Ed Eubanks recently celebrated his milestone 70th birthday, but the longtime fitness guru feels like he’s in the springtime of his life.
“I want to keep going until I’m 170 if I can. I want to be the best I can be,” Ed said.
He certainly has the energy of a man much younger than his age. Ed said when his wife of 45 years, Dianna, retired, she suggested he apply for a lifeguard position at the St. Peters Rec-Plex because “I was kind of in her way.”
“She said, ‘Why don’t you go up to the Rec-Plex and get a job as a lifeguard?’” Ed recalled. “That was three years ago.”
Ed, who lives in St. Peters, loves being at the Rec-Plex.
“This place is an absolute gem for St. Peters and for this part of the country,” Ed said. “It’s one of the better facilities. You won’t find one that has more activities to do than here. Everybody that is within an hour’s drive of this place, or further, should take advantage of it because it’s good for anybody of any age.
“This building’s now 25 years old, but I want it to stand tall. … This is such a wonderful complex now. It’s amazing.”
Ed, a survivor of prostate cancer, is a fervent believer in the power of positive thinking. That aligns perfectly with his approach to maintaining a high level of fitness. He still does at least 100 pushups every day, something he began as a teenager growing up in the southwestern Illinois town of Granite City.
“Stay in shape and you’ll have a better life,” he says.
Ed also believes staying in shape gives him a chance to help other people.
“I always thought it would be horrible if right now we had an earthquake and this wall collapsed and I was able to get out but I couldn’t get you out because I was too weak. That would haunt me forever,” Ed said. “So I want to be in the best shape I can be at every stage and every age so I can be of service whenever I’m needed — to my family and friends and at work.”
A typical day for Ed begins at 3 a.m. He exercises, eats breakfast and arrives at the Rec-Plex about 4:20. He keeps a keen eye on the indoor pools four days a week, usually working between 28 and 30 hours.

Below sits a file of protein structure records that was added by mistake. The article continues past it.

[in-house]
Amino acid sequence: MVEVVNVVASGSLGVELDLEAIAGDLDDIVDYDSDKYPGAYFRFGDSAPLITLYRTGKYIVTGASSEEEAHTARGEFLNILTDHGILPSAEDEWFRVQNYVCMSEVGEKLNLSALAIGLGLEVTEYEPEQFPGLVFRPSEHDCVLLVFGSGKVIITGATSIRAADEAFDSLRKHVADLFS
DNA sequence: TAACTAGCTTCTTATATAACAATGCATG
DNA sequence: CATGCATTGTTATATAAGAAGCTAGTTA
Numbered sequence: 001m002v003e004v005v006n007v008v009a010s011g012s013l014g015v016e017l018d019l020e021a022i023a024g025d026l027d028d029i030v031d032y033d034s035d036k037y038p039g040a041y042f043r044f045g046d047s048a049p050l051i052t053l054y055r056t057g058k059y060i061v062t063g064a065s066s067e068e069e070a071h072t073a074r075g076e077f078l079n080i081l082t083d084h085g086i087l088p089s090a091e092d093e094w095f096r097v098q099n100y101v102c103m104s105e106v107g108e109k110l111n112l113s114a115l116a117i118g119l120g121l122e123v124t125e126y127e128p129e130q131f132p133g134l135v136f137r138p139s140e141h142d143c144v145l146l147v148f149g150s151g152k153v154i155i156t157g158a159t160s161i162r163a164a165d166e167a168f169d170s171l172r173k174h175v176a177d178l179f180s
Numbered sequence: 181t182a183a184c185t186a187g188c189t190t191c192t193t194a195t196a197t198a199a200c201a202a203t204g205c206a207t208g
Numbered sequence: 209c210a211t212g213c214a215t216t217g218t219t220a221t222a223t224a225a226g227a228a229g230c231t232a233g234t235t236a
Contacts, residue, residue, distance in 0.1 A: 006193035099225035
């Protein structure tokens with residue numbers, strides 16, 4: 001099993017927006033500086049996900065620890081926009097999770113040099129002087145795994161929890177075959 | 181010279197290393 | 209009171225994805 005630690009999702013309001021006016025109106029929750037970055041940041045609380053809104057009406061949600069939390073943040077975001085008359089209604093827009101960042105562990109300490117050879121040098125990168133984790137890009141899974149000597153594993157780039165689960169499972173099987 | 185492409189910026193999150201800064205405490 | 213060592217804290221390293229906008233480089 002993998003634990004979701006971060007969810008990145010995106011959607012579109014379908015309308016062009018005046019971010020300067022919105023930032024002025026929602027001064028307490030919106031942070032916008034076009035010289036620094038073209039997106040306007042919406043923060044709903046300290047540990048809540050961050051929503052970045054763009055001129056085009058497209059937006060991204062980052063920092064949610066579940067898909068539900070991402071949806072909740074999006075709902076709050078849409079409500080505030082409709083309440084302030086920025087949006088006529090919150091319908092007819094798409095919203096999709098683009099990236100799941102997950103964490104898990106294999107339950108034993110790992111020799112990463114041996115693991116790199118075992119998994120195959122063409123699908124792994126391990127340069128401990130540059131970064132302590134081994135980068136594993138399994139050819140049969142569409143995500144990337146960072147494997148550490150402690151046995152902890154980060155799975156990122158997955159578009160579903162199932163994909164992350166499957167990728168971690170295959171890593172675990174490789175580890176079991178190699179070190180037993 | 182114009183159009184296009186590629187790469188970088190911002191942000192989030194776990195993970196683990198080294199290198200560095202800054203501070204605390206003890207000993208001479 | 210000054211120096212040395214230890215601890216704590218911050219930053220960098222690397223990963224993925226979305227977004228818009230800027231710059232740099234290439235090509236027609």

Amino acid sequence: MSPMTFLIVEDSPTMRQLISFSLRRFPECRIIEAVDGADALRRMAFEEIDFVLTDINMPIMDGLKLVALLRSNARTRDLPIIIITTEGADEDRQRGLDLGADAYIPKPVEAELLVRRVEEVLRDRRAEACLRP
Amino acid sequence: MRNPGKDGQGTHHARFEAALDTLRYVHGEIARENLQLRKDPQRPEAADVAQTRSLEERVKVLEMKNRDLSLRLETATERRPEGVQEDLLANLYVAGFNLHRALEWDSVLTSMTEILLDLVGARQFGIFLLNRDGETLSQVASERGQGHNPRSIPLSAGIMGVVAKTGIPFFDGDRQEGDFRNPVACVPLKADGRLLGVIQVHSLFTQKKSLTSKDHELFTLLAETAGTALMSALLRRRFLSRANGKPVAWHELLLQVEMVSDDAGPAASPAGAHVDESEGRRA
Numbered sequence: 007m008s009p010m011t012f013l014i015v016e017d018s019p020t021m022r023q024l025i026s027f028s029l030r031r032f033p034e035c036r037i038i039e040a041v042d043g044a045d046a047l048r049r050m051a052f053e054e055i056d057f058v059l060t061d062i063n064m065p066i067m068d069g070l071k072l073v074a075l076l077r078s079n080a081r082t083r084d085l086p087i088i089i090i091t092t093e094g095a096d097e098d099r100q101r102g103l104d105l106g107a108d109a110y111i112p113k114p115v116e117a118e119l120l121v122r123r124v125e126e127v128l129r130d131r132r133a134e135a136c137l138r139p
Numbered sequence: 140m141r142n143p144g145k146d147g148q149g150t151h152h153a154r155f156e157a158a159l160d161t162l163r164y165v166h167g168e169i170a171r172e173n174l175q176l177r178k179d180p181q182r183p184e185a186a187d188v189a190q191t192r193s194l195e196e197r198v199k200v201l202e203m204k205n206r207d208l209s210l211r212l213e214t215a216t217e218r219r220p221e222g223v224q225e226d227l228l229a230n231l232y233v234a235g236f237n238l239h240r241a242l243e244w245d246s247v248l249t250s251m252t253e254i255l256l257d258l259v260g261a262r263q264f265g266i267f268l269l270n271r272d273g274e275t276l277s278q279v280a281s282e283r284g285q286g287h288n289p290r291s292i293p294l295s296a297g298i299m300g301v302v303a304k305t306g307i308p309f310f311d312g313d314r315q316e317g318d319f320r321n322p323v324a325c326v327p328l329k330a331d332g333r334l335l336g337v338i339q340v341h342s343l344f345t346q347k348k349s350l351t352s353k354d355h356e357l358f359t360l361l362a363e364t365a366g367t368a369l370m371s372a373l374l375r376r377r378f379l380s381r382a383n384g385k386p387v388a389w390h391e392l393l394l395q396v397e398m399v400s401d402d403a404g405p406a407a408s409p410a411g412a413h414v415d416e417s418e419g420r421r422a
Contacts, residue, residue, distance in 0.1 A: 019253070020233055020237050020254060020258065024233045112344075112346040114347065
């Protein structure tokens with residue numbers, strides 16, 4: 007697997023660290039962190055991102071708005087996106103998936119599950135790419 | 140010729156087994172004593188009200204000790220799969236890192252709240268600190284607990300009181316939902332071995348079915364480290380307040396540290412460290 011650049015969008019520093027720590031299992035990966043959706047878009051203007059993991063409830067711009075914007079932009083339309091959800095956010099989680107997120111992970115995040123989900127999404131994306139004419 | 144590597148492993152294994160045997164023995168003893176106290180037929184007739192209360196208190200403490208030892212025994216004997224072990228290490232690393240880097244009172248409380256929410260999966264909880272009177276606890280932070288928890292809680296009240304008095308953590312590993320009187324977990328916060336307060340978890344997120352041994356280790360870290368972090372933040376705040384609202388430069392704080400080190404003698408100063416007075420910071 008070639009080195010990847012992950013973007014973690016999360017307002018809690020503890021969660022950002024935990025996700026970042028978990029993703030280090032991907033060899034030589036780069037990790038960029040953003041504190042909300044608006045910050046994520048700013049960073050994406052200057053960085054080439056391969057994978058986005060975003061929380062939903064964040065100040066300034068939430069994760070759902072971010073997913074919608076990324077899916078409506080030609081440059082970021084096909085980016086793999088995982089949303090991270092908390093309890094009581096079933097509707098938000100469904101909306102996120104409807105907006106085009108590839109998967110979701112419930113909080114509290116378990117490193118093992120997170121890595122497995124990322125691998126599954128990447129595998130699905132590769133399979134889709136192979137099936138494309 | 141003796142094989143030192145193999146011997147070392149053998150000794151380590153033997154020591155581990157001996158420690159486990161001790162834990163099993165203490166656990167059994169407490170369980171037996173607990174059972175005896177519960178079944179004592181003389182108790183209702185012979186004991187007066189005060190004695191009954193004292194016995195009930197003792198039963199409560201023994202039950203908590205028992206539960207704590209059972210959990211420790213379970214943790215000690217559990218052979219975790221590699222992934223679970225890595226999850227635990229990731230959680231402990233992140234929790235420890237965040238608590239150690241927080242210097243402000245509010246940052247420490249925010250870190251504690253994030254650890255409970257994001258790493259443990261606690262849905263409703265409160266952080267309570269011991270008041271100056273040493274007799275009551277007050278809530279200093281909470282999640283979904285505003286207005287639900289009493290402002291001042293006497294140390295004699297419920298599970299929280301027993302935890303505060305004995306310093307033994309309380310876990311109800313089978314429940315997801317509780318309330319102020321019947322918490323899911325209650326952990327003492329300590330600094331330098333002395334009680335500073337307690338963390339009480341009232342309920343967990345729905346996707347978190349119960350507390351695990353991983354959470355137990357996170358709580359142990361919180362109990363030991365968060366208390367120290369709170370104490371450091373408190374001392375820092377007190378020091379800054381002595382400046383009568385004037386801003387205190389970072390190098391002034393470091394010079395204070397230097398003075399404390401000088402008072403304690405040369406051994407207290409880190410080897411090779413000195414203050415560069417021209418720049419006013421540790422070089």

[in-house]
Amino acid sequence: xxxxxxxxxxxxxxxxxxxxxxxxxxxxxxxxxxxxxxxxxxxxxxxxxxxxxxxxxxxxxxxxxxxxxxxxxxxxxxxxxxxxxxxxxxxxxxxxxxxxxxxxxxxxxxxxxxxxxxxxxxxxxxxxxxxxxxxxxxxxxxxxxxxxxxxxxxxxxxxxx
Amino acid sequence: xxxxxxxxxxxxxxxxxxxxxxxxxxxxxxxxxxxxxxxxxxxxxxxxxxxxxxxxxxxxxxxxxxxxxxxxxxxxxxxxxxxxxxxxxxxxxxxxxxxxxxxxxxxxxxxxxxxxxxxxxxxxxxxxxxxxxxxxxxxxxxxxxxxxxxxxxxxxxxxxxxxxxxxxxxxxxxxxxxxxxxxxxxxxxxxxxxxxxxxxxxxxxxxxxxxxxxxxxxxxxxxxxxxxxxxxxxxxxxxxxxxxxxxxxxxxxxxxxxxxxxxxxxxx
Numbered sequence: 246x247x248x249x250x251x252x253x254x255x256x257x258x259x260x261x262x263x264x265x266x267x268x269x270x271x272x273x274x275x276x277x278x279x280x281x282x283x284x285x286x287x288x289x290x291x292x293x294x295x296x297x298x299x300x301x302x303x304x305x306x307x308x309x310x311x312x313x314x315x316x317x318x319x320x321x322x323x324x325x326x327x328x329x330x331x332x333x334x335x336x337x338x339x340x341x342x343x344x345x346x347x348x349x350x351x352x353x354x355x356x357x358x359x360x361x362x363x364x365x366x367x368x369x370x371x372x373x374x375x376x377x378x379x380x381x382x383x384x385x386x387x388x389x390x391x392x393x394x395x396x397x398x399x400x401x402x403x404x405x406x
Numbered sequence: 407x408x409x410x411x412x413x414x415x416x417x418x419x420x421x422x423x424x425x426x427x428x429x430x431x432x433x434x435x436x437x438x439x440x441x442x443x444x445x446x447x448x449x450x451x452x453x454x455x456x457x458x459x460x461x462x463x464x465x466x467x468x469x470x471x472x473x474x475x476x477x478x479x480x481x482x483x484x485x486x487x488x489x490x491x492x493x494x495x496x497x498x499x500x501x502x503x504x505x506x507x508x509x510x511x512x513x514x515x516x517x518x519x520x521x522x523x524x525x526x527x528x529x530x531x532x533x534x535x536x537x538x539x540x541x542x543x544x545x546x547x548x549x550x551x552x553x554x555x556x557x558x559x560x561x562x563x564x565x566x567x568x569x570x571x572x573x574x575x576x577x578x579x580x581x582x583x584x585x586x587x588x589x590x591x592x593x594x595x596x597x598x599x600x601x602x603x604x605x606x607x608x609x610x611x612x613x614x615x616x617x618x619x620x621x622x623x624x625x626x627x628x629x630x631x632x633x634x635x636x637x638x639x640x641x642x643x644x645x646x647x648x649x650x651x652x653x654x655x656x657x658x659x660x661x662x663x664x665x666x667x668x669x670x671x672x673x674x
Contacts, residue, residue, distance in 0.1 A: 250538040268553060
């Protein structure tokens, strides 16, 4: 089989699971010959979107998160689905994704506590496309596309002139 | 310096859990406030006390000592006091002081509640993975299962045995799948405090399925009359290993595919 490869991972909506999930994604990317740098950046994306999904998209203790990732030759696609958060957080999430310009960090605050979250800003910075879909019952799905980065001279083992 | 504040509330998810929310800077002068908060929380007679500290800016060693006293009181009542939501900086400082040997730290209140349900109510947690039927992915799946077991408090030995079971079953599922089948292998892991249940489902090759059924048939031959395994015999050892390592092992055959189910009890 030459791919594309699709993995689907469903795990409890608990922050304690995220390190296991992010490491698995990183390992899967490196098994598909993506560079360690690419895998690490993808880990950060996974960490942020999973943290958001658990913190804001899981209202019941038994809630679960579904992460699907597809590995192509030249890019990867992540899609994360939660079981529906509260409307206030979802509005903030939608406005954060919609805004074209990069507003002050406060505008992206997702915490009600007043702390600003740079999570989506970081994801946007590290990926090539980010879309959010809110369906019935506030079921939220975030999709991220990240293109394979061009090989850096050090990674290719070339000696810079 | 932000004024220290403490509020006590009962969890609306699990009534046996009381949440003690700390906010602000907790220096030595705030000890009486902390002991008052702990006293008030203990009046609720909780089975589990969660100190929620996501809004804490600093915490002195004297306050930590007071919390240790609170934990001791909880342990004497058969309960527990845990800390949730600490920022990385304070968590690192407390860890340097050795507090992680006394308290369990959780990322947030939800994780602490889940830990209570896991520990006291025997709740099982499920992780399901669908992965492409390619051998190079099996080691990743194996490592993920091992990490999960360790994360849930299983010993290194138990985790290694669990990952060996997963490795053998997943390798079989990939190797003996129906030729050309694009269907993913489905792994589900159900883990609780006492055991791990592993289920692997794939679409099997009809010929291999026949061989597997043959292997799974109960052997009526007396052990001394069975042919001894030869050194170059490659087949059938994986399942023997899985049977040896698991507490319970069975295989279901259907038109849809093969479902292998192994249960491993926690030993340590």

Seldom, if ever, does Ed fail to look forward to what life has to offer.
“There are days when you wake up and the body says, ‘Do it,’ and the mind says, ‘I don’t think so. Let’s go back to sleep,’” Ed said. “You can’t do that.
“My cup is always half-full. That’s the way I try to look at every day. If something’s not working the way it should or if today I’m not feeling as strong as I was yesterday, what do I have to do to get better and heal myself today so I can be back at 110 percent?”
What steered Ed down this path of physical wellbeing?
“My father was military and was very fit,” he said. “As he got older, he was in a public relations job with the military. He was in a suit and tie every day, but he wasn’t exercising. Then when he got older, things started to happen as they do with all of us as we age. He had some issues. … I felt bad about that. I felt bad that he wasn’t able to do all the things he might want to do. So being a scrawny kid, I wanted to be a little bit bigger and a little bit better.”
Ed has met bodybuilding legends Bill Pearl, a former Mr. Universe, Lou Ferrigno and Arnold Schwarzenegger. But long before those encounters, he crossed paths with a talented high school wrestler who inspired him to improve his fitness.
“He was about 185 pounds,” Ed said. “He was just ripped, just chiseled. He looked great. He showed me (how to do) pushups and I went home to see how many I could do. I could do 15, and I was determined to do 20. The last five looked like I was doing ‘The Worm’ on the ground. But I concentrated on (pushups) and got those better, to where I could do them.”
Ed is the inventor of “1 Minute Workout,” a pulley-based exercise system that attaches over the frame of a standard door. More than 150 exercises can be performed on the unit, building many different muscle groups.
The idea came to Ed after he woke up in the middle of the night. He engineered it and has the system for sale to anyone interested. Ed says he is proud that doctors have endorsed the product.
“People can do a full-body workout in seven or eight minutes a week, one minute a day,” Ed said. “It can hold up to 800 pounds of pressure with every (exercise) slot. I take it with me everywhere. There’s not a body part or a muscle that you can’t exercise, and that’s what I wanted.”
Ed agrees that one of the interesting aspects of being physically active is the increased energy level enjoyed by people after they work out.
“Any time we do exercise, our body naturally produces endorphins,” he said. “Endorphins give you a natural feeling of euphoria, a natural high. We don’t have to take drugs. Just do some physical exercise and you’ll feel better.”